Sorry to ramble, my point was to say that if you put the standard spring back in, you may be pleasantly surprised by the very inexpensive aguila. I think it's around 4/Rd? Great report, nice range set up! Expensive targets! Keep er goin!
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Old 12-21-2018, 12:57 PM
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Steve, it looks like the .22lr bug has bitten you deep. Very cool, and it sure seems you're excited.
May I offer a few suggestions?
Targets- aim small, miss small. Go to an office supply store and buy a roll of price stickers. They are about an inch in diameter, bright orange, and cost a couple bucks. I think they come in a roll of something like 300, and make an excellent 50 yard target. You just peal and stick them to a cardboard or paper backer. There's no reason to buy those expensive targets. With the money you save, you can buy more ammo. Once you get better, you can use smaller targets. I'm currently using little smiley face sticker that are 1/4 inch. $1.50 for two hundred.

Ammo testing
The second most important thing when shooting, no matter what your shooting, is consistentcy from shot to shot; (the first thing is safety). How you hold the rifle, how you aim, how you pull the trigger, etc all matter. And if you want the smallest groups possible, no matter what you're shooting, you must be consistent in how you do everything. This includes how you test ammo. Develope a system and be consistent with it.
For example;
Start with a clean barrel, and shoot 25 rounds through it to "season" the bore. Then shoot 5 shots at each target for a total of 5 targets. Shoot slow, maybe count to ten between each shot. If you think these .22 Chambers don't get hot, you'd be wrong. Now you've got a total of 50 rounds shot, and 5, five shot targets. Did you notice a pattern of how the rounds impacted the targets? Did the groups get smaller or larger as you shot the groups? I actually keep a notebook next to me to record where I was aiming when I pulled the trigger, (it's called "calling the shot"), and where the round hit. I also number the bullet strikes on the target, the first bullet impact is #1, the last is #5. From this info, you'll learn which ammo is the most accurate, where to expect a first round, cold bore strike, etc.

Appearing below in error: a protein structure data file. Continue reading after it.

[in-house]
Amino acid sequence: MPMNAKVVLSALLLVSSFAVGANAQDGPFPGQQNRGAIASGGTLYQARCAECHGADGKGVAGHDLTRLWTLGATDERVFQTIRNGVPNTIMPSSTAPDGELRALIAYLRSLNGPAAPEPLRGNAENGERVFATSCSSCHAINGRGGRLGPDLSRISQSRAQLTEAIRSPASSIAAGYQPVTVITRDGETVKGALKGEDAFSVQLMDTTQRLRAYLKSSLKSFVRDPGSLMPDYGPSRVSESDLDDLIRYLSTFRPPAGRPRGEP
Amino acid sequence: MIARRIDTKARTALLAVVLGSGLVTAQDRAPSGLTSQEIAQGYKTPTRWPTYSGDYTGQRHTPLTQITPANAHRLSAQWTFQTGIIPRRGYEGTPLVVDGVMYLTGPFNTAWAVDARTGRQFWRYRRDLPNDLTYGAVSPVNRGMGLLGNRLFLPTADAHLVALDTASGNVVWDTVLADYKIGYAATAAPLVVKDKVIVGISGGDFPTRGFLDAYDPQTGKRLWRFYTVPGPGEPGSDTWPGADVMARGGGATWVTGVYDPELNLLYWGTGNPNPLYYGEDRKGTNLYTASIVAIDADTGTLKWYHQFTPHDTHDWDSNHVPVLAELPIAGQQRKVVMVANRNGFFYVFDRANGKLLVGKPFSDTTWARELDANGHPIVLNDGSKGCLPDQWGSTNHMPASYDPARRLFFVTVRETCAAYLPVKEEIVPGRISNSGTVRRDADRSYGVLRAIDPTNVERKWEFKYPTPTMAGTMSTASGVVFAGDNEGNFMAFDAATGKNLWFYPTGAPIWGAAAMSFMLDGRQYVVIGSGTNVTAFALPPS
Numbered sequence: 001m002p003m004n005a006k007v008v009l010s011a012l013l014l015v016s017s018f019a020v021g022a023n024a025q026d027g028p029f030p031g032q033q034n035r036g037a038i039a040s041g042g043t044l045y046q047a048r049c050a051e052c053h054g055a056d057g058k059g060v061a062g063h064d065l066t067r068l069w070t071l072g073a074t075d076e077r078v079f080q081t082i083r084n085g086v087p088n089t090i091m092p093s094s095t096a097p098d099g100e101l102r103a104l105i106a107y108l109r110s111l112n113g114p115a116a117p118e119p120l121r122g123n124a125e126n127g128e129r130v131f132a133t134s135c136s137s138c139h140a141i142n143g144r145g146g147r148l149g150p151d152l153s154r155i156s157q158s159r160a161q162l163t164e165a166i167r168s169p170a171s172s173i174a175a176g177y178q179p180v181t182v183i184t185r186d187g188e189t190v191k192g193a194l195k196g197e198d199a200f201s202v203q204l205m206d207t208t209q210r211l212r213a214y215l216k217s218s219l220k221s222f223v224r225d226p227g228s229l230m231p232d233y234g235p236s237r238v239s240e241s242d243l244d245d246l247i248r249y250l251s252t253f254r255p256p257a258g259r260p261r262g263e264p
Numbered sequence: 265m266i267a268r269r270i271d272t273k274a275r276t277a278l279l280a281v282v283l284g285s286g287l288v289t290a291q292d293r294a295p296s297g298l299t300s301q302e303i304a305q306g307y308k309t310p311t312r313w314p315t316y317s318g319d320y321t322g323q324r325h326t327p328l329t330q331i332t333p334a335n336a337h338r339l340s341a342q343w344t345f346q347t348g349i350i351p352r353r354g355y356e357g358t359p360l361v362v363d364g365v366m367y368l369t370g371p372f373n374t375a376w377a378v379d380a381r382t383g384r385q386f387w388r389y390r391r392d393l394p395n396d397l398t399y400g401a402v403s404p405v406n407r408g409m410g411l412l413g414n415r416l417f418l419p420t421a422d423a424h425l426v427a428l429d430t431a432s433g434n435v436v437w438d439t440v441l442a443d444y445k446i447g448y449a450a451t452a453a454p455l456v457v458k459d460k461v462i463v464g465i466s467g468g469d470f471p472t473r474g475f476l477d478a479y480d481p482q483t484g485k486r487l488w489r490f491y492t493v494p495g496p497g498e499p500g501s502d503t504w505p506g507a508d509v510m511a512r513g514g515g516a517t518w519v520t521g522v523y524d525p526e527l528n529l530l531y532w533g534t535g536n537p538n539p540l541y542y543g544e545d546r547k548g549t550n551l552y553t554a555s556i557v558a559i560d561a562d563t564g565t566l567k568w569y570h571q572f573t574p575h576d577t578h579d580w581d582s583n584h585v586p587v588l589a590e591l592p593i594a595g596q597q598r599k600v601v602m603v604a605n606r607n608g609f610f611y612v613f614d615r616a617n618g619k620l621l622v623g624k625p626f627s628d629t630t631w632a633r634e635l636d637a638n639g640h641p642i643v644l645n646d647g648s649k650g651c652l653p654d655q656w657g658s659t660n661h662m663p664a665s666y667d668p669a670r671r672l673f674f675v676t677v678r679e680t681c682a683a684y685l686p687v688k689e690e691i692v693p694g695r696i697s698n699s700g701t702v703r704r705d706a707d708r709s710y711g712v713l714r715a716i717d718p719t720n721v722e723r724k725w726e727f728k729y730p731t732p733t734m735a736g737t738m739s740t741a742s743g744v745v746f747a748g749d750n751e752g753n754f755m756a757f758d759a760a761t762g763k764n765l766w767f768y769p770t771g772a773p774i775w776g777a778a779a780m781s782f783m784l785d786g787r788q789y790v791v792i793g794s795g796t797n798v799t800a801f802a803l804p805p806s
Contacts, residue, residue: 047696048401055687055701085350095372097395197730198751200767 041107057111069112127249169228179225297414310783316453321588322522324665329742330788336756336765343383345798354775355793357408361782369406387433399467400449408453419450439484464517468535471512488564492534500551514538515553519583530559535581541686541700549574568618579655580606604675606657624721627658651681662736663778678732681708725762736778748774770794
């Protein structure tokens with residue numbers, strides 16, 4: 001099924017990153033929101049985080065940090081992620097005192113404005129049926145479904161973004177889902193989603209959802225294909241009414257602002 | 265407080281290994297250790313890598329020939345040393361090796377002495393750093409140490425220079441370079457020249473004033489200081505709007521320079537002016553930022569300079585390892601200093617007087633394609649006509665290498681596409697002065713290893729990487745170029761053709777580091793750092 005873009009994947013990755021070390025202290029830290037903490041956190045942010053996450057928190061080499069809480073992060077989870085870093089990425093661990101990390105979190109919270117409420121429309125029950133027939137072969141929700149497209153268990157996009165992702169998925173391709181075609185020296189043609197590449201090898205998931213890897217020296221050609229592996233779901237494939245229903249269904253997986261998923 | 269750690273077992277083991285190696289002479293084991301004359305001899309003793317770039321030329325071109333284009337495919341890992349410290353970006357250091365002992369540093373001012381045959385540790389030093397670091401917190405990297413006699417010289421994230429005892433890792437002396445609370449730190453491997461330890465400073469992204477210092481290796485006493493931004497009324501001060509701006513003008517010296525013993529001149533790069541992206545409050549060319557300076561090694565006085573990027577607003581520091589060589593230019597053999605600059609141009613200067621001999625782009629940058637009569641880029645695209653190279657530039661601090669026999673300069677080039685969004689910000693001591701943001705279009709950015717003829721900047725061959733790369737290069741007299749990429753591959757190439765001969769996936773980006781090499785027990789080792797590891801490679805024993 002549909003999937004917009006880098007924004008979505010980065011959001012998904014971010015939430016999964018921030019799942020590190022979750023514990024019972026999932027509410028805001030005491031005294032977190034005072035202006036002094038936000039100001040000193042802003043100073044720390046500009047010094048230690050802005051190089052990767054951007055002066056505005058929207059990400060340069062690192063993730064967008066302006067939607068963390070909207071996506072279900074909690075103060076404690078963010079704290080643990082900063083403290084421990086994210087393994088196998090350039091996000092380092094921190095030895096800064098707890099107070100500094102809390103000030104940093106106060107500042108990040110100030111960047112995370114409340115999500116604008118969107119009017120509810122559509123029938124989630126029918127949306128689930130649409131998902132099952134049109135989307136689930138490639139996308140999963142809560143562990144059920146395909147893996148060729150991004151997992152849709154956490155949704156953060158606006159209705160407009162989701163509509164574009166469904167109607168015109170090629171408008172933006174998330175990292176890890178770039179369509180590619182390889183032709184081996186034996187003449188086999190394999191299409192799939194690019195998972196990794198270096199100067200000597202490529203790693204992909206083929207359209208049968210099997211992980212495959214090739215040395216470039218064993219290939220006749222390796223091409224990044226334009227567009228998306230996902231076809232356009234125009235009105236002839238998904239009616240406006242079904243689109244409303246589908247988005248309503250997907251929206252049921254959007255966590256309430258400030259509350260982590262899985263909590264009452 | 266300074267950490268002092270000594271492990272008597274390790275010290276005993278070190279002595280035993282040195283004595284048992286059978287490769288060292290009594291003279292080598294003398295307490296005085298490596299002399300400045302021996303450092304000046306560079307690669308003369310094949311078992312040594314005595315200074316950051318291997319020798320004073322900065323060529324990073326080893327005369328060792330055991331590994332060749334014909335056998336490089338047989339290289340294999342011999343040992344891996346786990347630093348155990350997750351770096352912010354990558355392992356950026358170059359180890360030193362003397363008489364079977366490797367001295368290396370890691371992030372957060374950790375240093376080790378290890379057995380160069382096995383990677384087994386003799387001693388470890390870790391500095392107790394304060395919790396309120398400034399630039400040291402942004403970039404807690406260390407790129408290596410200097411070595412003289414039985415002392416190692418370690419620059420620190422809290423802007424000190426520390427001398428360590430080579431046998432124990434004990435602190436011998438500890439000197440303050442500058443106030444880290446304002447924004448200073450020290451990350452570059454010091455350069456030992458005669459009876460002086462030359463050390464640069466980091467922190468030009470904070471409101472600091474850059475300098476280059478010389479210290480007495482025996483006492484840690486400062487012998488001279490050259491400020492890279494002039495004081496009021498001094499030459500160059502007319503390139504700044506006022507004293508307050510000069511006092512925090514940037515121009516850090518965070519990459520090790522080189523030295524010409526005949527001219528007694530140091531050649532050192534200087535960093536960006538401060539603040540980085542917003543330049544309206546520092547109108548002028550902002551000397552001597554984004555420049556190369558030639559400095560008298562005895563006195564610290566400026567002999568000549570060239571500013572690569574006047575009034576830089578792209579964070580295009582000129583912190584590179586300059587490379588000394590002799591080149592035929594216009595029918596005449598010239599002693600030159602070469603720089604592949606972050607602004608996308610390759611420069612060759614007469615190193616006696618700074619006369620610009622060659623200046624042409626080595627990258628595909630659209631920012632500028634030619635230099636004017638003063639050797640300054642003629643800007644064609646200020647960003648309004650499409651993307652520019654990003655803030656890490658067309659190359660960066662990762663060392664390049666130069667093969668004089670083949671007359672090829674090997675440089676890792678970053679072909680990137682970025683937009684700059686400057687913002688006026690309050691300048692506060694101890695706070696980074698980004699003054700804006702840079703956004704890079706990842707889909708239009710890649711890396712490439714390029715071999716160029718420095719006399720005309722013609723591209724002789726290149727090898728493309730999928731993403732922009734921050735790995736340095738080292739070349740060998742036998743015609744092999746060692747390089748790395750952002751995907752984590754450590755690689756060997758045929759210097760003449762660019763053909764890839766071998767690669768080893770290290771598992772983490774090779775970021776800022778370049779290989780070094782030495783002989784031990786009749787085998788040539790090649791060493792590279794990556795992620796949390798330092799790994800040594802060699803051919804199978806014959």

After you've shot these 50 rounds, clean the barrel lightly, and do it all again with another brand of bullets, but be consistent, shot to shot, in how you hold the rifle, your sight picture, trigger pull, etc.
I use notebook paper as a target backer and write the date, distance shot, ammo, wind, etc on the taget and that goes into a notebook. Over time, you can refer back to the notebook to see how you've improved, or how a certain brand of ammo performed in the summer verses the winter, etc.
Get yourself a bore snake to clean that barrel. Just one or two passes down the bore between each brand of ammo is all you need. ..22 ammo is dirty, and it can lead the barrel. A carbon ring can form in the chamber pretty quick and this will throw your accuracy off. A quick pass down the barrel will help to maintain the accuracy.
Shoot off some kind of rest. You've got a bipod, which is great for the front of the rifle, but get yourself some bags for the rear. I use bags that I made from the legs of old blue jeans that I filled with aquarium gravel. They hold their shape very well around butt of the rifle and are not heavy like a sand filled bag. Don't fill them full, you want the bag to mould around the stock.
You might want to put that standard spring back into the rifle. A heavier spring slams into the breach and that can set up a tiny bit of vibration. That slight vibration at the breach can lead to wider groups down range, but I may be getting too annal here.
Bullets with a lot of wax on them probably will not work real well in your semi-auto in the winter as they may gum things up. I bet they'll work pretty good in the summer, though.
Don't worry about adjusting your scope to where different brands of ammo are striking the target. You're trying to shoot the smallest groups possible. Once you determine what ammo gives you that tiny group, you then can adjust the scope so the groups are centered.

I could go on and on about shooting groups, but I'll spare you. But do check out other sites on the internet that are about precision shooting to help develope your technique. But always think and practice consistentcy with every time you pull that trigger, and you'll see dramatic improvements in your shooting ability.

Please understand that none of what I've written is a criticism of what you've done. Your excitement in your shooting was clearly evident in your post. When I started shooting (years and years ago), there was no one to help me. I had to dig around for information, and it wasn't nearly as easy as it is today. I'm just trying to help you along in your learning curve.

All the best, and keep up the good shooting.
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Old 12-21-2018, 04:28 PM
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Took mine old 60 out today to test ammo. Most accurate load that functioned was cci blazer. functioned flawlessly with cci mini mag, fed 712, did not like automatch or winchester western. did alright with rem thunderbolts. finally think i have its tastes figured out.
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Old 12-21-2018, 05:45 PM
StevieTimes

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Quote:
Originally Posted by Booner1334 View Post
Steve, it looks like the .22lr bug has bitten you deep. Very cool, and it sure seems you're excited.
May I offer a few suggestions?